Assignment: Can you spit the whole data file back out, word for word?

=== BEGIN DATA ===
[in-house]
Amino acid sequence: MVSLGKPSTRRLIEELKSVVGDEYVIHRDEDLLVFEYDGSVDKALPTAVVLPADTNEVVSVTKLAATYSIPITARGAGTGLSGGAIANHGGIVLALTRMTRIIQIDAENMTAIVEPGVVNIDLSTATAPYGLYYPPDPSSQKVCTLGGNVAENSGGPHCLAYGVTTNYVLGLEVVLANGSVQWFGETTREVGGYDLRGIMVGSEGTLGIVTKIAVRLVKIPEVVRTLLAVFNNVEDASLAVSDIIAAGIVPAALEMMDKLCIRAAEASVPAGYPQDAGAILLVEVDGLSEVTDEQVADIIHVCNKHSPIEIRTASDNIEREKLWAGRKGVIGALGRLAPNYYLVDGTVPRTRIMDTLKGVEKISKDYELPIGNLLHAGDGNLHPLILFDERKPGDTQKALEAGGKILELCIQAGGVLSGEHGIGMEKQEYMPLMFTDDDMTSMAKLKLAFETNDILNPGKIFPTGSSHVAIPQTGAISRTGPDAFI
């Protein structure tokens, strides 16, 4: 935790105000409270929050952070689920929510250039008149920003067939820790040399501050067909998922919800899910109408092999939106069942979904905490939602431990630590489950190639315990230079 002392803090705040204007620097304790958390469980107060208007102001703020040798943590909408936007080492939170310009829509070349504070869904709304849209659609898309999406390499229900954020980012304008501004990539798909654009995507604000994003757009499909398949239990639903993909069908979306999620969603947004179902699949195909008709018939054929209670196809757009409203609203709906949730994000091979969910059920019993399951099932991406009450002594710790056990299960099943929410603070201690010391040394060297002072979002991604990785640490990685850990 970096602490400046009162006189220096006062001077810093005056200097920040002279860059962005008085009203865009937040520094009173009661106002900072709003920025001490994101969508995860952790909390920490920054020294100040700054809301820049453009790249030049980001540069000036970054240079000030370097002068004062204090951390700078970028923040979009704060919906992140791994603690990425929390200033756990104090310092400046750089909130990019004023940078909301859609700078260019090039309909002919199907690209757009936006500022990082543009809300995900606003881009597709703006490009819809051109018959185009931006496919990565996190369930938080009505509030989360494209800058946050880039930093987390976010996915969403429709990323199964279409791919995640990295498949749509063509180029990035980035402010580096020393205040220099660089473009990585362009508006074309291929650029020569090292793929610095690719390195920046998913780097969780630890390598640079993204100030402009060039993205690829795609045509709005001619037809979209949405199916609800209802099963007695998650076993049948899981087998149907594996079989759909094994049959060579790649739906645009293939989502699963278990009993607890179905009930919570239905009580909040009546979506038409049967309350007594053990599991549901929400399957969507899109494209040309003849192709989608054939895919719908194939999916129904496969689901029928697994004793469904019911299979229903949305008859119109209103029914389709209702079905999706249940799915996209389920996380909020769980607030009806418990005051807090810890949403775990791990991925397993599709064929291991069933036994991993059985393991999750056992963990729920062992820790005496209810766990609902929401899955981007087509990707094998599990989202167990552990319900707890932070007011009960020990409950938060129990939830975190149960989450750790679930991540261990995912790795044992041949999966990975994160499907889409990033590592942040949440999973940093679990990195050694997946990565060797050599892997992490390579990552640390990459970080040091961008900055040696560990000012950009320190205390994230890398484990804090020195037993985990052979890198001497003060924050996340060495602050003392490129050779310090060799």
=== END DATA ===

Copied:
[in-house]
Amino acid sequence: MVSLGKPSTRRLIEELKSVVGDEYVIHRDEDLLVFEYDGSVDKALPTAVVLPADTNEVVSVTKLAATYSIPITARGAGTGLSGGAIANHGGIVLALTRMTRIIQIDAENMTAIVEPGVVNIDLSTATAPYGLYYPPDPSSQKVCTLGGNVAENSGGPHCLAYGVTTNYVLGLEVVLANGSVQWFGETTREVGGYDLRGIMVGSEGTLGIVTKIAVRLVKIPEVVRTLLAVFNNVEDASLAVSDIIAAGIVPAALEMMDKLCIRAAEASVPAGYPQDAGAILLVEVDGLSEVTDEQVADIIHVCNKHSPIEIRTASDNIEREKLWAGRKGVIGALGRLAPNYYLVDGTVPRTRIMDTLKGVEKISKDYELPIGNLLHAGDGNLHPLILFDERKPGDTQKALEAGGKILELCIQAGGVLSGEHGIGMEKQEYMPLMFTDDDMTSMAKLKLAFETNDILNPGKIFPTGSSHVAIPQTGAISRTGPDAFI
């Protein structure tokens, strides 16, 4: 935790105000409270929050952070689920929510250039008149920003067939820790040399501050067909998922919800899910109408092999939106069942979904905490939602431990630590489950190639315990230079 002392803090705040204007620097304790958390469980107060208007102001703020040798943590909408936007080492939170310009829509070349504070869904709304849209659609898309999406390499229900954020980012304008501004990539798909654009995507604000994003757009499909398949239990639903993909069908979306999620969603947004179902699949195909008709018939054929209670196809757009409203609203709906949730994000091979969910059920019993399951099932991406009450002594710790056990299960099943929410603070201690010391040394060297002072979002991604990785640490990685850990 970096602490400046009162006189220096006062001077810093005056200097920040002279860059962005008085009203865009937040520094009173009661106002900072709003920025001490994101969508995860952790909390920490920054020294100040700054809301820049453009790249030049980001540069000036970054240079000030370097002068004062204090951390700078970028923040979009704060919906992140791994603690990425929390200033756990104090310092400046750089909130990019004023940078909301859609700078260019090039309909002919199907690209757009936006500022990082543009809300995900606003881009597709703006490009819809051109018959185009931006496919990565996190369930938080009505509030989360494209800058946050880039930093987390976010996915969403429709990323199964279409791919995640990295498949749509063509180029990035980035402010580096020393205040220099660089473009990585362009508006074309291929650029020569090292793929610095690719390195920046998913780097969780630890390598640079993204100030402009060039993205690829795609045509709005001619037809979209949405199916609800209802099963007695998650076993049948899981087998149907594996079989759909094994049959060579790649739906645009293939989502699963278990009993607890179905009930919570239905009580909040009546979506038409049967309350007594053990599991549901929400399957969507899109494209040309003849192709989608054939895919719908194939999916129904496969689901029928697994004793469904019911299979229903949305008859119109209103029914389709209702079905999706249940799915996209389920996380909020769980607030009806418990005051807090810890949403775990791990991925397993599709064929291991069933036994991993059985393991999750056992963990729920062992820790005496209810766990609902929401899955981007087509990707094998599990989202167990552990319900707890932070007011009960020990409950938060129990939830975190149960989450750790679930991540261990995912790795044992041949999966990975994160499907889409990033590592942040949440999973940093679990990195050694997946990565060797050599892997992490390579990552640390990459970080040091961008900055040696560990000012950009320190205390994230890398484990804090020195037993985990052979890198001497003060924050996340060495602050003392490129050779310090060799």